The doctor said you have three good years and then he shrugged.  I didn’t know what the shrug was about but it felt ominous.  I didn’t say anything back.  I couldn’t think of any words which would fit this situation.  Instead, I tried to smile, because I am a woman and I have been conditioned to make others feel better in bad situations.  Including the doctor who was giving me some of the worst news a person can receive. 

The definition of “good” became of immense importance to me.  What did “good” mean?  Was he saying I’d feel as “good” as I felt now?  Because the moment he said “good” I wasn’t feeling “good” at all. 

My temperature runs two degrees higher than it should, all the time, so I was dressed for high summer on a frigid Wellington day and am still sweating profusely.  My heart races like an adulterer sprinting down the road with a knife wielding cuckold on his heels.  Fight or flight has become a jammed fast forward button—so my response to everything is hysteria.  My mind twists and turns through the air like Peter Pan soaring from one thought to another at the spin of a lottery ball.  Parts of me hurt and shake, including my hands, the tools with which I create universes.

Eight months have gone by since the day I got the news in that cold corporate grey hospital office.
  I rattle with assorted medications swallowed at measured intervals.  I creep and crawl through the days in a pessimistic blur and the term “good” has been given elastic walls. 

I ache all over, my joints mostly.  I forget my muscle strength is seriously compromised and try to do things I can’t manage ending up flat on my face, or my arse. 

My memory is going and I’m repeating stories like an annoying elderly aunt.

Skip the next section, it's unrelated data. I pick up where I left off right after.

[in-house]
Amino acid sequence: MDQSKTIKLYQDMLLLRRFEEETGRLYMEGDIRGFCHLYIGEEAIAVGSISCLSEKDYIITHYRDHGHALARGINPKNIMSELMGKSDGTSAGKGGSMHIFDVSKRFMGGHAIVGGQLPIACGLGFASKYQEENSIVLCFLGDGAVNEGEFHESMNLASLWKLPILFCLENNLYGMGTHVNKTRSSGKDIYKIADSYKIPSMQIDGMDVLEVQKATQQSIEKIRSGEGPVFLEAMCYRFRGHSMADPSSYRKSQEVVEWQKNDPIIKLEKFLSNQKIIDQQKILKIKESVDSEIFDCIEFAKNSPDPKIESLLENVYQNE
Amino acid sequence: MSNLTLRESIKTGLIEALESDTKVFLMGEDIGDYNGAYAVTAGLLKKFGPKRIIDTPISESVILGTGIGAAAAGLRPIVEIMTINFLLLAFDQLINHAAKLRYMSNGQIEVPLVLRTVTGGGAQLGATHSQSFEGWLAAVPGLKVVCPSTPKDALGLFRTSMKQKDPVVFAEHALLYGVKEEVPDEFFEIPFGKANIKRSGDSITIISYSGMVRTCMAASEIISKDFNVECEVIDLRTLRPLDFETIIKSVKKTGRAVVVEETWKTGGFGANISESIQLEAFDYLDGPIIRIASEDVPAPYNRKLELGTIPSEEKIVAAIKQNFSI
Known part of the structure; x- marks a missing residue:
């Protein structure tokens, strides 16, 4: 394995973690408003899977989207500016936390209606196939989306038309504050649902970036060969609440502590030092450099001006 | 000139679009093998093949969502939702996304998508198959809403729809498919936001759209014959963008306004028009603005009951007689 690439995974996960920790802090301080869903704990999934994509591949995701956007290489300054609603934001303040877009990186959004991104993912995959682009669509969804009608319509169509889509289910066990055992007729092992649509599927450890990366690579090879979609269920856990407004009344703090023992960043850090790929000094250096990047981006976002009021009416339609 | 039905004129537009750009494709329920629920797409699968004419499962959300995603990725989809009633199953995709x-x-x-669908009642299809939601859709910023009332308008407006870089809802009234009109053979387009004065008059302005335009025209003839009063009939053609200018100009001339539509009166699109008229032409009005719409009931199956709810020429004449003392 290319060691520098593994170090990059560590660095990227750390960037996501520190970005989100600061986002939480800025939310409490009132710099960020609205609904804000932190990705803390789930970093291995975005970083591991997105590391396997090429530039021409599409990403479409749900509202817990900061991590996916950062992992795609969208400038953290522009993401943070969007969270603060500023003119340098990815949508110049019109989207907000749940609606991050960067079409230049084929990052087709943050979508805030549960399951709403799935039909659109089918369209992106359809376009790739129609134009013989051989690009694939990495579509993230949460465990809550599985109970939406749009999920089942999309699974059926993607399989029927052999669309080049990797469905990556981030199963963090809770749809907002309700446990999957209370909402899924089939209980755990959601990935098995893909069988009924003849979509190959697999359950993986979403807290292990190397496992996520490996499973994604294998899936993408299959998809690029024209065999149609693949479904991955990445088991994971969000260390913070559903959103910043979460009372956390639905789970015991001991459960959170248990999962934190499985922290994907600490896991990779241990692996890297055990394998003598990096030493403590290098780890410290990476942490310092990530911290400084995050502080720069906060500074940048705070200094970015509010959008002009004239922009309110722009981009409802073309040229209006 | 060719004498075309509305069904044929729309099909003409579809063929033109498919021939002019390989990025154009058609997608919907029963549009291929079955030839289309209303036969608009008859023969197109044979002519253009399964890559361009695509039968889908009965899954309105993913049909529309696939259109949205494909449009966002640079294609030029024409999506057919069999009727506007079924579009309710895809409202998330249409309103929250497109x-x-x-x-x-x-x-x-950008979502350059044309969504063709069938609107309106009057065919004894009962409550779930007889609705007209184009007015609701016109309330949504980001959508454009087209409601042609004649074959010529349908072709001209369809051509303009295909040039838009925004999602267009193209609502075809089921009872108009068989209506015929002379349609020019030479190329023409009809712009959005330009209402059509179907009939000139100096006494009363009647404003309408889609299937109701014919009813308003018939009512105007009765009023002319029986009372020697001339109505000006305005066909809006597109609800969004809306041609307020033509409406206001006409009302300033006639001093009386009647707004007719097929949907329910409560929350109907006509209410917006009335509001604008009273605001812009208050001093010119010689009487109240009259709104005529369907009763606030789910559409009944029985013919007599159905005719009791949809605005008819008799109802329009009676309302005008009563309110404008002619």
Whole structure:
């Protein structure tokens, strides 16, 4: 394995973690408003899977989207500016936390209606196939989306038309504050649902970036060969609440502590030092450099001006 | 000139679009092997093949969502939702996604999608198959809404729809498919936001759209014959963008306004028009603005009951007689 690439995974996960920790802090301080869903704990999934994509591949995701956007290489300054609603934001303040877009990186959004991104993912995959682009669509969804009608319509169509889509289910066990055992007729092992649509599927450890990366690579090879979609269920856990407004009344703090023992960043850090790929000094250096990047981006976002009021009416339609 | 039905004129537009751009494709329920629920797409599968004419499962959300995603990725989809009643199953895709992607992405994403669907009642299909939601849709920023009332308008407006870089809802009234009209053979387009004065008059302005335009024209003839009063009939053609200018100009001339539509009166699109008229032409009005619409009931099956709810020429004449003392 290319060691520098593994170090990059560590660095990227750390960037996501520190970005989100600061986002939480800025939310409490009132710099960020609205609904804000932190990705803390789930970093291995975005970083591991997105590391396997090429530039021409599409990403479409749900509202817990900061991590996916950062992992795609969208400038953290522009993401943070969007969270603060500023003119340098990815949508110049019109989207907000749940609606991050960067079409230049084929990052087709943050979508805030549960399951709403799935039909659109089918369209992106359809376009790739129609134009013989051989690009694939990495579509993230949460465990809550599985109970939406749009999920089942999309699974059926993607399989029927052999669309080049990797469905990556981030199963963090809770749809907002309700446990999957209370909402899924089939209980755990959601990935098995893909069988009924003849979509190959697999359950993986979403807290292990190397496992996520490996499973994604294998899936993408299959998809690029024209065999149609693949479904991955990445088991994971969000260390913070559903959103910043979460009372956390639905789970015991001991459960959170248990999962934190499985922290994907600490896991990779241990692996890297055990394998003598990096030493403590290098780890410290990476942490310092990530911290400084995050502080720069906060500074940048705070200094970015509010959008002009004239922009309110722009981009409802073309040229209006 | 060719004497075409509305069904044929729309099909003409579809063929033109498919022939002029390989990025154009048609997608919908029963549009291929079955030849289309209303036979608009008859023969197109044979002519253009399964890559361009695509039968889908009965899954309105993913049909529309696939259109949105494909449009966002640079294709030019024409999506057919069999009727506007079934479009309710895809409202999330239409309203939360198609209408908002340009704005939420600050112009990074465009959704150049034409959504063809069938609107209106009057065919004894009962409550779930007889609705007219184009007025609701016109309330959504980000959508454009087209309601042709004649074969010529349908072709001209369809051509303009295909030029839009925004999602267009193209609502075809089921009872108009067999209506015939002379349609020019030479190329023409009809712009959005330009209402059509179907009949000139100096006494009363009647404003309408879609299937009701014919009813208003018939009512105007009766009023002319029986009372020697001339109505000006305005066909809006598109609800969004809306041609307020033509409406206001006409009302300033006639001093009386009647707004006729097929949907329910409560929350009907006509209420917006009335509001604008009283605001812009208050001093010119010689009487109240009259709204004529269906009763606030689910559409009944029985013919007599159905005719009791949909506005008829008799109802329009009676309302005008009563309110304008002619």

Names and faces are a problem and I enter every conversation with trepidation.   Nothing flows as I am swamped by great blank spaces where flares of genius used to be, blocked I am unable to move forward or retreat. 

The constant confusion depletes me.  Where are my glasses? What happened to last week? You didn’t tell me that!  You didn’t!  You didn’t!   Yes I have taken my medication, hold on, no sorry, I forgot.  Who are you? 

Whispers of madness sneer from the sidelines.  ‘I can take you at any time.’   They rush at me like an oncoming tide while I lurch back from the waves, my beach growing tinier as the sand crumbles away. 

All I see is impatience, rolled eyes, slumped shoulders, embarrassed laughter and forced kindness which pokes into my heart like a snapped wire in an uplift bra.  The disease is acid dripping arbitrarily onto the fabric of my lived life leaving ragged voids. 

I recall a pink crimpoline mini dress with brass buttons and patent leather blue shoes; I was seven.  I hate rice pudding.  What did we have for morning tea?  Mr Reynolds is my favourite teacher.  My grandsons name is—it is—no, no I know it, I do.  The light outside is a bosky purple haze, is it morning or night?  I can’t remember, I can’t remember, I can’t remember.   

I rap the sides of my head with my knuckles.  Years of gathering the world within me only to end up with a mind like a bin of broken crockery.


Nine months have gone by since the day I got the news in that cold corporate grey hospital office. 

I am walking down the Lugarno Corsini on the banks of the Arno, eating gelato.  It’s a sun soaked Tuscan day and I’ve lost my shoes.  My husband races back to the Gelataria where we think I left them and once again, someone worse off than me, has made off with my ‘two dollar shop’ jandals. 

Kei te Pai. 

We are off to Rome tomorrow or maybe Palermo or Venice or Milan.  I can’t remember.  We sold our life and I’ll run out way before the money does.  I’ve spat from the Eiffel tower, I’ve mooned the queen and licked the Mona Lisa’s face.

 “Good” has become a lot better.